Ann Kelley's Capital Connection

November 30, 2023
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Ann Kelley’s Capitol Connection

What’s Going on in the Capitol

Bill Pre-Filing for the 2023 Legislative Session Begins

As the Missouri General Assembly gears up for the 2024 legislative session, House members are beginning to unveil their legislative agendas for the coming year. The legislative session officially begins Wednesday, January 3 but December 1st of each year marks the true beginning of the work as lawmakers can begin filing bills for the upcoming session.

The first day of pre-filing typically sees hundreds of bills introduced. In 2023, members of the House submitted 336 bills on the inaugural day, contributing to a cumulative total of 578 bills filed during the entire pre-filing period. For the 2022 session, legislators initiated the pre-filing process by introducing 372 bills on the first day and a total of 770 bills, contrasting with the 688 bills filed for the 2021 legislative session and the record-breaking 776 bills for the 2020 session.

For the 2024 session, legislators will file bills addressing a wide variety of topics, with the objective being to enhance the state's policies, ensuring they better serve the needs of all residents.

To keep informed on the bills that are pre-filed in the House, please visit the official website of the Missouri House of Representatives at www.house.mo.gov and click on the “Pre-filed Bills” link.

Business leaders say finding skilled workers still the greatest issue facing Missouri’s economy

A survey conducted with more than 500 business leaders from across the state has found that the most significant concern in Missouri’s mission to further grow the state economy is the need for employees with professional skills, both technical expertise and essential soft skills.

The survey highlighted that workforce shortage is the primary obstacle to the state's economic growth, showing a need to upskill workers, seeking approximately $6 million in funding for this effort. Additionally, about 80% of business leaders believe that the cost and difficulty of finding childcare prevent many Missourians from entering the workforce. One potential answer to that issue could be a tax credit package to expand childcare access in the upcoming legislative session, with potential benefits for childcare providers, donors, and businesses covering childcare costs for employees.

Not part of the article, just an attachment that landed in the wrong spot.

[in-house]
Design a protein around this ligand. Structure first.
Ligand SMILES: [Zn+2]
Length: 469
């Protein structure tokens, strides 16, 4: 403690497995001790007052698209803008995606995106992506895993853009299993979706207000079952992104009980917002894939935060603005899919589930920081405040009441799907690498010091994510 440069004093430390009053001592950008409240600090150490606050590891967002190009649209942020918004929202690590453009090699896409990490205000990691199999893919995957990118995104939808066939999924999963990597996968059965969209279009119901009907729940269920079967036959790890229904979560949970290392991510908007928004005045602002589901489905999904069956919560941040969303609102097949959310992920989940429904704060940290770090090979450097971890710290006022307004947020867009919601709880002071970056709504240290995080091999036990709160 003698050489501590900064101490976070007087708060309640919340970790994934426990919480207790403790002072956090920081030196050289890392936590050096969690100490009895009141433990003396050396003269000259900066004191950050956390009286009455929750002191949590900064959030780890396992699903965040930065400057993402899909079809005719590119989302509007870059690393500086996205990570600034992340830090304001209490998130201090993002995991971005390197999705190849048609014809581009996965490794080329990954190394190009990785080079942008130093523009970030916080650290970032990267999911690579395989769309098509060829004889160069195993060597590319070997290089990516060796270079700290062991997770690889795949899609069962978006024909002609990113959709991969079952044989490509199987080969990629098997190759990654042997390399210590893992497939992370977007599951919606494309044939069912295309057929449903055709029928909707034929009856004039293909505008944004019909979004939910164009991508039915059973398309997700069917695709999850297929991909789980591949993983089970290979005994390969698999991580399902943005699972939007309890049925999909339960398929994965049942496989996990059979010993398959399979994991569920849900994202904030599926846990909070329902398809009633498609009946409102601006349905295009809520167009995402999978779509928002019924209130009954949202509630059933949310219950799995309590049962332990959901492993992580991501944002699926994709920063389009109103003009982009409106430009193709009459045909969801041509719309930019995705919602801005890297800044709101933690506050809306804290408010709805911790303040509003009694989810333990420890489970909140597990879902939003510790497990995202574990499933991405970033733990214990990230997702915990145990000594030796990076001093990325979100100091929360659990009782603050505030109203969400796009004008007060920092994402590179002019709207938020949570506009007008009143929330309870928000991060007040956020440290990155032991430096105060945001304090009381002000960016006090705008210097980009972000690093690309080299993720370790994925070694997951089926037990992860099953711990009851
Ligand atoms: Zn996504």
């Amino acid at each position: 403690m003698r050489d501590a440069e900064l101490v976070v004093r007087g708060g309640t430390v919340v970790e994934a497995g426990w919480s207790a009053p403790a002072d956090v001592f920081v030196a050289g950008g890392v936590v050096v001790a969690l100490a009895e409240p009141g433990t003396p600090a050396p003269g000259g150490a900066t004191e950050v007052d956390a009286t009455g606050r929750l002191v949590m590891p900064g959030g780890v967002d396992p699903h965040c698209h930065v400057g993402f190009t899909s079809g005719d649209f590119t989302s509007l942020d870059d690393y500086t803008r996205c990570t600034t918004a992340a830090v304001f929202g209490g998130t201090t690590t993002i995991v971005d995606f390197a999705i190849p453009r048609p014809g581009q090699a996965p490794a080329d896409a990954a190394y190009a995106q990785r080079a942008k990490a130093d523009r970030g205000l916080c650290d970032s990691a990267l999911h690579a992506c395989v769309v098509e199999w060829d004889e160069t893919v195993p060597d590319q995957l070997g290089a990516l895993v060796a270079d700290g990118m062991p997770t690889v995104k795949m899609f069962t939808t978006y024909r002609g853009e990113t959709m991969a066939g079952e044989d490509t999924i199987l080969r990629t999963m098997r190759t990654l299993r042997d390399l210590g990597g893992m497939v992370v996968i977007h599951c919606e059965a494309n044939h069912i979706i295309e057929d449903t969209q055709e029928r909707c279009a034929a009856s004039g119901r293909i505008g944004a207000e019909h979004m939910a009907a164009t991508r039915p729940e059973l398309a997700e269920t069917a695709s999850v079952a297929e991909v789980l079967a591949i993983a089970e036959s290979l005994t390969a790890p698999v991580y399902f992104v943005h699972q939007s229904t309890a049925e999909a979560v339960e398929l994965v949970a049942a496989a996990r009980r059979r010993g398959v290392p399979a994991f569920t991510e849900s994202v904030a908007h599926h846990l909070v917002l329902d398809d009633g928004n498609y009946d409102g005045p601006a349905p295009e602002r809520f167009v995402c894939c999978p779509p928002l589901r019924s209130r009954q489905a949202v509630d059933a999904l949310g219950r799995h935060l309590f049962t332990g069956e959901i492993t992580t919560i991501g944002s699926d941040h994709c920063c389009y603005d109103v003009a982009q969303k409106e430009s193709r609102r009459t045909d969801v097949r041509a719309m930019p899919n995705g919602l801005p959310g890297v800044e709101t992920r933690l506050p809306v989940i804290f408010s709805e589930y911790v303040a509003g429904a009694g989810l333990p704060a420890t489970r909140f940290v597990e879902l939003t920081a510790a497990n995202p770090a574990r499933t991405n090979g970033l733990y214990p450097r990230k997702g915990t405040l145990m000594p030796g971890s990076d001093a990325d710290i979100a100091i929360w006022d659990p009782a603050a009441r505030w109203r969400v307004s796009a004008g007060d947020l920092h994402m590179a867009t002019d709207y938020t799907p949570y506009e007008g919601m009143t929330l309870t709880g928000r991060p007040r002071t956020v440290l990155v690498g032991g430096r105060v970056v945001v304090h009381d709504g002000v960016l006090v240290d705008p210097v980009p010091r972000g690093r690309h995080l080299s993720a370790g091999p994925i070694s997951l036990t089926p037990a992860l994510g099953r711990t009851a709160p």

Public safety and crime are also major concerns, with 90% of business leaders viewing them as top or growing issues. Rising crime rates impact Missouri's economic competitiveness, while the survey also indicated a desire for incentives to recruit more law enforcement officers.

Despite these challenges, Missouri's gross domestic product, per capita income, and job growth have continued to show positive trends.

Missouri pension board rejects State Treasurer’s push for China divestment

The board overseeing the Missouri state employee pension plan rejected a proposal by State Treasurer Vivek Malek to divest from Chinese stocks and securities. Malek's call to withdraw pension investments from China, citing concerns about its economic challenges and geopolitical stance, was not supported by the 11-member Missouri State Employees Retirement System board.

Malek argued that China's economic difficulties and international relations make it an unfavorable investment. The broader issue of doing business with China has become politically sensitive, evidenced by recent legislative actions and debates. This year, the Missouri House passed a bill to limit the sale of farmland to investors from China and a handful of other countries, which died in the state Senate. The U.S. Senate in July also voted to prohibit China, Iran, North Korea and Russia from purchasing U.S. farmland.

MOSERS, responsible for providing pensions to the state government workforce, faces financial challenges, with about $200 million invested in China. The board, comprising Commissioner of Administration Ken Zellers, State Treasurer Malek, and nine members of the Missouri General Assembly, is divided on the issue, with some members suggesting awaiting legislative guidance on investments in China.